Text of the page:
WESTPORT, Conn. -- State Reps. Gail Lavielle (R-143) and Jonathan Steinberg (D-136) worked together to introduce bipartisan legislation that expands emergency care for students suffering from seizures while at school or participating in a school activity.
The legislation, which was signed into law by Gov. Dannel Malloy on July 1 and takes effect immediately, expands administration privileges to a specially designated and qualified school employee when the school nurse is absent or unavailable.
Each qualified school employee will be supervised by a school nurse or school medical adviser and will be able to administer medication only with the written permission of a parent or guardian to a specific student with a previously diagnosed epileptic condition who already has an individual seizure action plan.
The law requires the Department of Education, working with the School Nurse Advisory Council and the Association of School Nurses of Connecticut, to create a training program for school employees who are designated to administer the medication.
Under the new law, qualified school employees must annually complete the training program, be reviewed monthly by a school nurse to confirm their competency to administer the medication, and voluntarily agree to take on the responsibility.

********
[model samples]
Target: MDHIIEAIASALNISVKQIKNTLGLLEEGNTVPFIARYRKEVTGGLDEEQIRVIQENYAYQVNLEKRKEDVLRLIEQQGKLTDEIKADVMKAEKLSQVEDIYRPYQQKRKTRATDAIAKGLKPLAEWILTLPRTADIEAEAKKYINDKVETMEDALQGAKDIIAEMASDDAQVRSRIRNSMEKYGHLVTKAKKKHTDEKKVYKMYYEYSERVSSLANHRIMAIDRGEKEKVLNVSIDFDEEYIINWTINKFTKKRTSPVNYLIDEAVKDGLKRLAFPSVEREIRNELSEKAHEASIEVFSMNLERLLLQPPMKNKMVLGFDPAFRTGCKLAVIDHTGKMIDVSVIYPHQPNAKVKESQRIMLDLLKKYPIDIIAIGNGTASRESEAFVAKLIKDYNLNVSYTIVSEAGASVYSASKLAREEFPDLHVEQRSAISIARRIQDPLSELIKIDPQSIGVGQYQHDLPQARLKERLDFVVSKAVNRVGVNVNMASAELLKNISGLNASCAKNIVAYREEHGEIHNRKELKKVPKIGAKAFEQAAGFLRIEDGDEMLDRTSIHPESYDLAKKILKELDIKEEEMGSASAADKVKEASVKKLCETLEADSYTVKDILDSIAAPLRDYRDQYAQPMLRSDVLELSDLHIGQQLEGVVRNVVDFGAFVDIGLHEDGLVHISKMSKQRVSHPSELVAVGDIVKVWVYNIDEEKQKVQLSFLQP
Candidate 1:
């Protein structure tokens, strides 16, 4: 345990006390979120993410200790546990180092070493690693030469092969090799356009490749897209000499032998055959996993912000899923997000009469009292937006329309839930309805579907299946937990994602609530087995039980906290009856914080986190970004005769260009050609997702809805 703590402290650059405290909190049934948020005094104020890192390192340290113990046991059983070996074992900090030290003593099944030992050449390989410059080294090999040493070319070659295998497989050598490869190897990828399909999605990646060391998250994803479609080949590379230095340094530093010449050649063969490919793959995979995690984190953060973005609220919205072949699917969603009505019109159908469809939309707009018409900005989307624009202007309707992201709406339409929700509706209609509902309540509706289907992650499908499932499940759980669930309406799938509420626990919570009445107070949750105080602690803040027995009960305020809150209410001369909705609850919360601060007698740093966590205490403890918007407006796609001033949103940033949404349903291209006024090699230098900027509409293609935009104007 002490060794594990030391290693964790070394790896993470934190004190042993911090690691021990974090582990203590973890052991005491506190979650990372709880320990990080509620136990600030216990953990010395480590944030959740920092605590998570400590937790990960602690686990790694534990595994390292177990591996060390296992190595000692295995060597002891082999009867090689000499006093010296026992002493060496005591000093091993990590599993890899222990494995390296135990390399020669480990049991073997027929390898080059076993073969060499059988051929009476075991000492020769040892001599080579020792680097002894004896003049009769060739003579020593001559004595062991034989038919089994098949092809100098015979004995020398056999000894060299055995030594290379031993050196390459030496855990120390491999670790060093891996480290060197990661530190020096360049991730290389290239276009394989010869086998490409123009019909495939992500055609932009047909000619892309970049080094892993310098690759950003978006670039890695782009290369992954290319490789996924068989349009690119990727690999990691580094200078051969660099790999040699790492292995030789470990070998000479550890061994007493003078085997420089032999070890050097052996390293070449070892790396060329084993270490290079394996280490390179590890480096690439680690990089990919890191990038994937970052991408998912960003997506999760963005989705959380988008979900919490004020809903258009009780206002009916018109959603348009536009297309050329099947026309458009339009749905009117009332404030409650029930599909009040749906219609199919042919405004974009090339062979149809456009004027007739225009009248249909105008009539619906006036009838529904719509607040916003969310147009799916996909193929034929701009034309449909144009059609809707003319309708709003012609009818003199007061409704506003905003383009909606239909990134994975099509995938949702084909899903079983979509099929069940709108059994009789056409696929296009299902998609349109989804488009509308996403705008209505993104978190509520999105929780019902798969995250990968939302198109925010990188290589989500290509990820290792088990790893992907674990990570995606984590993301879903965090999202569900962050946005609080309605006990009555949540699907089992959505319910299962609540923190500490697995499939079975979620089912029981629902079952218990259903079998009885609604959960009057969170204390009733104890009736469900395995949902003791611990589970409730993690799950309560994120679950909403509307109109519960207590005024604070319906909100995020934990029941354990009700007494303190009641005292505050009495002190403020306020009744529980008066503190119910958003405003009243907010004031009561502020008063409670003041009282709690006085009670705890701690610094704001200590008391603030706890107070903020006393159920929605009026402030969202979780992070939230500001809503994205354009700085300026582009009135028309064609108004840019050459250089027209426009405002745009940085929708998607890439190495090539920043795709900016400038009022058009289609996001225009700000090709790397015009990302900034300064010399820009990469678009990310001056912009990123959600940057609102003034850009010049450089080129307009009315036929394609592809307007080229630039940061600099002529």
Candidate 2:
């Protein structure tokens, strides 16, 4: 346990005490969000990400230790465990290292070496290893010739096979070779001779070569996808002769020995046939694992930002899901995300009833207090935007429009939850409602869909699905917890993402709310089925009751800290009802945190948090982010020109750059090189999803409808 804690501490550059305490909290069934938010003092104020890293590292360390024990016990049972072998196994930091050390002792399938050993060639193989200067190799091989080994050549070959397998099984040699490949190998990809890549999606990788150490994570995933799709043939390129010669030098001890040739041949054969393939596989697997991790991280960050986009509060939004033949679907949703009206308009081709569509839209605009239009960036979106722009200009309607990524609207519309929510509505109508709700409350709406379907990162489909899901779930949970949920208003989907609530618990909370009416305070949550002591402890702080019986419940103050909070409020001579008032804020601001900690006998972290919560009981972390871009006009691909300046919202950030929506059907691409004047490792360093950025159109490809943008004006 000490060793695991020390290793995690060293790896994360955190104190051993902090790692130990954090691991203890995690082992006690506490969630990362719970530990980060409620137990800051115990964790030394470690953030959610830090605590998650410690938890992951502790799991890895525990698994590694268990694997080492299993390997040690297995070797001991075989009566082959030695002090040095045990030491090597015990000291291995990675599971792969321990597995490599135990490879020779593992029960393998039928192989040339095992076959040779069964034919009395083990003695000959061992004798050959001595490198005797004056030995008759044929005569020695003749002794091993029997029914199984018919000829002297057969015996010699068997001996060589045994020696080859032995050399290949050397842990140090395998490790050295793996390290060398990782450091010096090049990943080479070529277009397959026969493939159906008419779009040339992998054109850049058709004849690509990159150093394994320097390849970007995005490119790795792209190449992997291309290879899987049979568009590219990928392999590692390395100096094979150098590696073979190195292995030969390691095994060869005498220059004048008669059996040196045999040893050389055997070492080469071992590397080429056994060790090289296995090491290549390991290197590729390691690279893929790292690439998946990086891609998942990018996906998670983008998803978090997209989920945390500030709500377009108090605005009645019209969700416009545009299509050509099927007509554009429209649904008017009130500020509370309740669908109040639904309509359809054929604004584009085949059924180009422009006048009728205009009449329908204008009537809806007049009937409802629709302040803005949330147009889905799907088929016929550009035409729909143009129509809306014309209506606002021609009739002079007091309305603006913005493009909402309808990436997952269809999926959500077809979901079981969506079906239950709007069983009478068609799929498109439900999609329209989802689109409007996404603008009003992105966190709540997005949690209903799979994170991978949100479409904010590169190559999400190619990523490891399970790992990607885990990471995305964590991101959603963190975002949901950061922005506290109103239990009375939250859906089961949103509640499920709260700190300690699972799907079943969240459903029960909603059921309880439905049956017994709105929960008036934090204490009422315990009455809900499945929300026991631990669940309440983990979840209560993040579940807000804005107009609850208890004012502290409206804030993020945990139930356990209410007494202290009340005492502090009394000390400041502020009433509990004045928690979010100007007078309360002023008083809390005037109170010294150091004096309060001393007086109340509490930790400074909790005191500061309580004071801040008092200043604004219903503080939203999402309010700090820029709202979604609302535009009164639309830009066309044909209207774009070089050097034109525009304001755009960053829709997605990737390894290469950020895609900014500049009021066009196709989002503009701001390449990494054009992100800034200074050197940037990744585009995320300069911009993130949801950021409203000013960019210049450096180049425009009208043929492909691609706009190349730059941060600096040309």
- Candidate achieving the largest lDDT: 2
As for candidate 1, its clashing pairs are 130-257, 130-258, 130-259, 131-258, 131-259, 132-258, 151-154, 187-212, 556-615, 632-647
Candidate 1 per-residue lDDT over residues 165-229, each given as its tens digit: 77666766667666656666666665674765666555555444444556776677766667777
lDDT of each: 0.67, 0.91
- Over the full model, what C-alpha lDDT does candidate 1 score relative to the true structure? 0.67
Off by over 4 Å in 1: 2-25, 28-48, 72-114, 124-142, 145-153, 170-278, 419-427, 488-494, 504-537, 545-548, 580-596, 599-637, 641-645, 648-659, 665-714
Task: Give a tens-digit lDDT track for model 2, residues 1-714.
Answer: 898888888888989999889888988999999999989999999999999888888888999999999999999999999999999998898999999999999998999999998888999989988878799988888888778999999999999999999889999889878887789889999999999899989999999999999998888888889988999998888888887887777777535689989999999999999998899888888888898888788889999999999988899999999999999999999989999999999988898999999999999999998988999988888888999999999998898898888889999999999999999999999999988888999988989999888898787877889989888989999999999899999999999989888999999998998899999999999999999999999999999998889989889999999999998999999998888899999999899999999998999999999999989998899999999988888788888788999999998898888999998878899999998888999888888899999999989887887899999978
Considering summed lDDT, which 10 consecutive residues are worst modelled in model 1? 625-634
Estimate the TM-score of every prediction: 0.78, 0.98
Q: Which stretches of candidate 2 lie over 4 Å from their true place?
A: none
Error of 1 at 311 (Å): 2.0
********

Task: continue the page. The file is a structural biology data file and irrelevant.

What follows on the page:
The inspiration for this bill comes from Jim Ross, chair of the Westport Citizens Transit Committee.
“Parents of children with epilepsy or another seizure disorder worry constantly that their child will suffer a seizure when no one is around to help,” said Lavielle, Ranking Member of the General Assembly’s Education Committee.
“With the new law, they can feel more comfortable about their children’s health and safety at school and during extracurricular activities. We have similar laws regarding emergency treatment related to other conditions like diabetes or life-threatening allergic reactions, and I’m glad we were able to extend protections for children with epilepsy. I especially want to thank Jim Ross of Westport for bringing the matter to our attention.”
“It took us four years to get this legislation passed, but it was certainly worth the effort. Our perseverance led to finally addressing a life or death situation for students with epilepsy,” said Steinberg.
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